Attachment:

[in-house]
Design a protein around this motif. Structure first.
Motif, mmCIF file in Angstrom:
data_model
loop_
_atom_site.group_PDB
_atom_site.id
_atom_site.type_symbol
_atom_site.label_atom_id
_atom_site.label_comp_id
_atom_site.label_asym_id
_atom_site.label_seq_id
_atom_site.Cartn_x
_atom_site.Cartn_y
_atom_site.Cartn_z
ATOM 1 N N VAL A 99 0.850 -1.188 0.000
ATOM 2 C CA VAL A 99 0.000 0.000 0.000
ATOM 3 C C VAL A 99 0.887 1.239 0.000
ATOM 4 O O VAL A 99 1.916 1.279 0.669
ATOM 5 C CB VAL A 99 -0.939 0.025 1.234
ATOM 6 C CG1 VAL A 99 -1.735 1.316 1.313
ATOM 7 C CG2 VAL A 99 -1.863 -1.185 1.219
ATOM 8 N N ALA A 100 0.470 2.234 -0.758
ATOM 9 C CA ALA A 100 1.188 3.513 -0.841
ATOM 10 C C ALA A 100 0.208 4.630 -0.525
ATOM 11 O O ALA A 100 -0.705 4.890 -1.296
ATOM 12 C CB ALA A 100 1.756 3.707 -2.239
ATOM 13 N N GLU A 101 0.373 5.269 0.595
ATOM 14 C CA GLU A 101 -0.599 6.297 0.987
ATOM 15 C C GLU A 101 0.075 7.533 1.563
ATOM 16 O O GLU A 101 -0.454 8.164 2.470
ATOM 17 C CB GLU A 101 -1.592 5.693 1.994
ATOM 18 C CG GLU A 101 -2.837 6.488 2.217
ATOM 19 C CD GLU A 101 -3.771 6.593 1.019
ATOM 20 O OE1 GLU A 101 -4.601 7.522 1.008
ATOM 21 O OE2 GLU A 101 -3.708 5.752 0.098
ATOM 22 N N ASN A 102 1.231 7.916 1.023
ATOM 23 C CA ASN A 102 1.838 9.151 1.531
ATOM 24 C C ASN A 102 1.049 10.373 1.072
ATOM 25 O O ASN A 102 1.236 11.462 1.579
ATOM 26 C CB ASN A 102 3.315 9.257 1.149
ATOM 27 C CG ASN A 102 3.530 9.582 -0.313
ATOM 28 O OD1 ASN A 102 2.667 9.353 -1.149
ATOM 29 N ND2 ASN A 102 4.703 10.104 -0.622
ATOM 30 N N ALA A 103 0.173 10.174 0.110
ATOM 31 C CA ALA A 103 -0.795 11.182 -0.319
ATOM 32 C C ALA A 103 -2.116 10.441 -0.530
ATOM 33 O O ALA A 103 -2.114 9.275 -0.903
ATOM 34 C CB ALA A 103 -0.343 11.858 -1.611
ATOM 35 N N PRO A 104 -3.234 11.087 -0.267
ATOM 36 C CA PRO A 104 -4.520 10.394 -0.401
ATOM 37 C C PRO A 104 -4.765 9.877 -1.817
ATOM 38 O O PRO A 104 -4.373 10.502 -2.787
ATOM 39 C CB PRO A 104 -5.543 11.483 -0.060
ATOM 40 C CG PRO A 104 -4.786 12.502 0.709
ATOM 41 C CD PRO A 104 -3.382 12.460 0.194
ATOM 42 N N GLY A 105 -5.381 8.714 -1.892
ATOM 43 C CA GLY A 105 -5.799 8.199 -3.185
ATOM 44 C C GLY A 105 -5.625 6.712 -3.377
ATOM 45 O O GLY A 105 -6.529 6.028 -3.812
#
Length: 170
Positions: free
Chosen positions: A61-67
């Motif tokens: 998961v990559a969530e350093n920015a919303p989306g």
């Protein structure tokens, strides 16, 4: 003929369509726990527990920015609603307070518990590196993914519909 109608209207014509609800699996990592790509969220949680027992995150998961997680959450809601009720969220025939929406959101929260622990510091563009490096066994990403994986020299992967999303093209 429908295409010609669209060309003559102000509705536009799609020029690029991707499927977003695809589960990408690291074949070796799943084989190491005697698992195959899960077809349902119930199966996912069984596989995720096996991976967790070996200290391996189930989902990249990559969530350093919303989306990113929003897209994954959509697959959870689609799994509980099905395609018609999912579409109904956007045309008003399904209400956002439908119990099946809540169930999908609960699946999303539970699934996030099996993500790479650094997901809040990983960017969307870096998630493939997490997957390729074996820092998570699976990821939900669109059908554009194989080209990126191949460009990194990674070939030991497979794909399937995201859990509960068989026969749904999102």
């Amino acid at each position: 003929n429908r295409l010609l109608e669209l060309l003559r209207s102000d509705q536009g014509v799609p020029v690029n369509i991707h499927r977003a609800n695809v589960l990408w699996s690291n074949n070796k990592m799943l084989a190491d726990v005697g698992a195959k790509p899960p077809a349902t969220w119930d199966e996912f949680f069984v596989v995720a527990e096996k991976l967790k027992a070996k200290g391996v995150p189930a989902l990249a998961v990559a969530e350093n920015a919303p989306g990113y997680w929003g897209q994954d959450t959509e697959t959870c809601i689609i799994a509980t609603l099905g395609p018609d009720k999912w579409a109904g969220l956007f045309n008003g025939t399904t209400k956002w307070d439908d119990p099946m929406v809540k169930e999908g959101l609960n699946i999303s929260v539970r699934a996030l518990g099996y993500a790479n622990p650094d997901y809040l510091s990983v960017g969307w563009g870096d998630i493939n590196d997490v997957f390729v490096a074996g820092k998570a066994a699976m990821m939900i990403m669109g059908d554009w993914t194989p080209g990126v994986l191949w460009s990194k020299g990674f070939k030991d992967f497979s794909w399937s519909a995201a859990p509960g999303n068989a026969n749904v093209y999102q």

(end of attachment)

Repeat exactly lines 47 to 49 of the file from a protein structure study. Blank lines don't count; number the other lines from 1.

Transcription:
ATOM 32 C C ALA A 103 -2.116 10.441 -0.530
ATOM 33 O O ALA A 103 -2.114 9.275 -0.903
ATOM 34 C CB ALA A 103 -0.343 11.858 -1.611